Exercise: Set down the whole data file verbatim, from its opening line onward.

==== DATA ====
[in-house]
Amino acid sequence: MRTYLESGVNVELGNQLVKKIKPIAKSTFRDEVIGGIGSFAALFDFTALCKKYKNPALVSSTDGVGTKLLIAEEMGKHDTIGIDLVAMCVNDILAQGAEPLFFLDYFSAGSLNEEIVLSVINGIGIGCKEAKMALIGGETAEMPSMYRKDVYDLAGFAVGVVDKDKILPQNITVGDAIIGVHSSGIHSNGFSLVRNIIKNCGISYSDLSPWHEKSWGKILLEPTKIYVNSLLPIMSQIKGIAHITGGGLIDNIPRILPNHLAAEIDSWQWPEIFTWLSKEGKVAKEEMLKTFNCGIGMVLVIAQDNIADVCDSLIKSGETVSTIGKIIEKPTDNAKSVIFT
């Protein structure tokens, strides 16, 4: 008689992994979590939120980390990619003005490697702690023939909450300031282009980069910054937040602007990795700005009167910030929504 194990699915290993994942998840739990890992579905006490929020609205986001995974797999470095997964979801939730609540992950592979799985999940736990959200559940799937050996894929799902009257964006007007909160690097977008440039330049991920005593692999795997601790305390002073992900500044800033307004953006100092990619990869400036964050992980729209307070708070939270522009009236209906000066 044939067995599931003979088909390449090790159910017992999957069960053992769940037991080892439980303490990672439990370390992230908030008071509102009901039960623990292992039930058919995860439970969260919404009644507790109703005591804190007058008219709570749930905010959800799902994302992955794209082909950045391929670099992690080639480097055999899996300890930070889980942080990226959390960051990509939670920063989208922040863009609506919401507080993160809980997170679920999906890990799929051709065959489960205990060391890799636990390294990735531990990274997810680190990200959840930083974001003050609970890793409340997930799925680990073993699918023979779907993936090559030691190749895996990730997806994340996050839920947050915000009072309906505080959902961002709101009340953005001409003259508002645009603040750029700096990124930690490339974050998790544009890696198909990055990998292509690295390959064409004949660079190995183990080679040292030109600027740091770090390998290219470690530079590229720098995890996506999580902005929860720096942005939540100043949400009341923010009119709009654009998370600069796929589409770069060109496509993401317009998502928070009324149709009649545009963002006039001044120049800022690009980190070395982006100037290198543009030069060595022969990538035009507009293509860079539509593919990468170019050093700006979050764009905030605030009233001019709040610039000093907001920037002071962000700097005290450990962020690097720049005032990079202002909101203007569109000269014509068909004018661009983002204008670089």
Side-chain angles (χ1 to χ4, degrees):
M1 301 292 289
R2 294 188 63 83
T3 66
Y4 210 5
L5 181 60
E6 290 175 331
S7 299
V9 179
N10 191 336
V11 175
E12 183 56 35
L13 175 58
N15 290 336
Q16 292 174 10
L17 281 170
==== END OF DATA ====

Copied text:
[in-house]
Amino acid sequence: MRTYLESGVNVELGNQLVKKIKPIAKSTFRDEVIGGIGSFAALFDFTALCKKYKNPALVSSTDGVGTKLLIAEEMGKHDTIGIDLVAMCVNDILAQGAEPLFFLDYFSAGSLNEEIVLSVINGIGIGCKEAKMALIGGETAEMPSMYRKDVYDLAGFAVGVVDKDKILPQNITVGDAIIGVHSSGIHSNGFSLVRNIIKNCGISYSDLSPWHEKSWGKILLEPTKIYVNSLLPIMSQIKGIAHITGGGLIDNIPRILPNHLAAEIDSWQWPEIFTWLSKEGKVAKEEMLKTFNCGIGMVLVIAQDNIADVCDSLIKSGETVSTIGKIIEKPTDNAKSVIFT
């Protein structure tokens, strides 16, 4: 008689992994979590939120980390990619003005490697702690023939909450300031282009980069910054937040602007990795700005009167910030929504 194990699915290993994942998840739990890992579905006490929020609205986001995974797999470095997964979801939730609540992950592979799985999940736990959200559940799937050996894929799902009257964006007007909160690097977008440039330049991920005593692999795997601790305390002073992900500044800033307004953006100092990619990869400036964050992980729209307070708070939270522009009236209906000066 044939067995599931003979088909390449090790159910017992999957069960053992769940037991080892439980303490990672439990370390992230908030008071509102009901039960623990292992039930058919995860439970969260919404009644507790109703005591804190007058008219709570749930905010959800799902994302992955794209082909950045391929670099992690080639480097055999899996300890930070889980942080990226959390960051990509939670920063989208922040863009609506919401507080993160809980997170679920999906890990799929051709065959489960205990060391890799636990390294990735531990990274997810680190990200959840930083974001003050609970890793409340997930799925680990073993699918023979779907993936090559030691190749895996990730997806994340996050839920947050915000009072309906505080959902961002709101009340953005001409003259508002645009603040750029700096990124930690490339974050998790544009890696198909990055990998292509690295390959064409004949660079190995183990080679040292030109600027740091770090390998290219470690530079590229720098995890996506999580902005929860720096942005939540100043949400009341923010009119709009654009998370600069796929589409770069060109496509993401317009998502928070009324149709009649545009963002006039001044120049800022690009980190070395982006100037290198543009030069060595022969990538035009507009293509860079539509593919990468170019050093700006979050764009905030605030009233001019709040610039000093907001920037002071962000700097005290450990962020690097720049005032990079202002909101203007569109000269014509068909004018661009983002204008670089």
Side-chain angles (χ1 to χ4, degrees):
M1 301 292 289
R2 294 188 63 83
T3 66
Y4 210 5
L5 181 60
E6 290 175 331
S7 299
V9 179
N10 191 336
V11 175
E12 183 56 35
L13 175 58
N15 290 336
Q16 292 174 10
L17 281 170